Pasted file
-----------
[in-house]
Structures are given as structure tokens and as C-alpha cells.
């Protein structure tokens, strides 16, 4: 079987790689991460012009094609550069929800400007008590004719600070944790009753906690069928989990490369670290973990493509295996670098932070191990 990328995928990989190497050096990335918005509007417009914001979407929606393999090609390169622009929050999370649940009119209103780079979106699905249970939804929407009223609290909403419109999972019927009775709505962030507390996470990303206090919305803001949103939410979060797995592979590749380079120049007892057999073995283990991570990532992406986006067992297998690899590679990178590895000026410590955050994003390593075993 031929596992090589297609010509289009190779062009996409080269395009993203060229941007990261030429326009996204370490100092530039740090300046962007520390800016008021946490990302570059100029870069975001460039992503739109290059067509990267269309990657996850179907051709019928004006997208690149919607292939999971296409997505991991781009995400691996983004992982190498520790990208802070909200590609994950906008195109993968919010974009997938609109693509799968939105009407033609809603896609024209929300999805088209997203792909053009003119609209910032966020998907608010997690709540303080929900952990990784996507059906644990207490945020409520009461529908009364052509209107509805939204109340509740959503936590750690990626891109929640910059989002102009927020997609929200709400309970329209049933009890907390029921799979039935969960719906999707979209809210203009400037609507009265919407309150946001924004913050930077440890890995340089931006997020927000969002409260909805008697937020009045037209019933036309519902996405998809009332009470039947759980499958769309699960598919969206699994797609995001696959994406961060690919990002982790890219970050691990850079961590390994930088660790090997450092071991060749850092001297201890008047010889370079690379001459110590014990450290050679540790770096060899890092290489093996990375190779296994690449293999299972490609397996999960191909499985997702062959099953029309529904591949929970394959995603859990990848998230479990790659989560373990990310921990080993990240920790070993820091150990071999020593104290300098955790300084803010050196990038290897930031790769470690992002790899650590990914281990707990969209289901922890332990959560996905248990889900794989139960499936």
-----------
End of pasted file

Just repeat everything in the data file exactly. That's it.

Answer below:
[in-house]
Structures are given as structure tokens and as C-alpha cells.
């Protein structure tokens, strides 16, 4: 079987790689991460012009094609550069929800400007008590004719600070944790009753906690069928989990490369670290973990493509295996670098932070191990 990328995928990989190497050096990335918005509007417009914001979407929606393999090609390169622009929050999370649940009119209103780079979106699905249970939804929407009223609290909403419109999972019927009775709505962030507390996470990303206090919305803001949103939410979060797995592979590749380079120049007892057999073995283990991570990532992406986006067992297998690899590679990178590895000026410590955050994003390593075993 031929596992090589297609010509289009190779062009996409080269395009993203060229941007990261030429326009996204370490100092530039740090300046962007520390800016008021946490990302570059100029870069975001460039992503739109290059067509990267269309990657996850179907051709019928004006997208690149919607292939999971296409997505991991781009995400691996983004992982190498520790990208802070909200590609994950906008195109993968919010974009997938609109693509799968939105009407033609809603896609024209929300999805088209997203792909053009003119609209910032966020998907608010997690709540303080929900952990990784996507059906644990207490945020409520009461529908009364052509209107509805939204109340509740959503936590750690990626891109929640910059989002102009927020997609929200709400309970329209049933009890907390029921799979039935969960719906999707979209809210203009400037609507009265919407309150946001924004913050930077440890890995340089931006997020927000969002409260909805008697937020009045037209019933036309519902996405998809009332009470039947759980499958769309699960598919969206699994797609995001696959994406961060690919990002982790890219970050691990850079961590390994930088660790090997450092071991060749850092001297201890008047010889370079690379001459110590014990450290050679540790770096060899890092290489093996990375190779296994690449293999299972490609397996999960191909499985997702062959099953029309529904591949929970394959995603859990990848998230479990790659989560373990990310921990080993990240920790070993820091150990071999020593104290300098955790300084803010050196990038290897930031790769470690992002790899650590990914281990707990969209289901922890332990959560996905248990889900794989139960499936």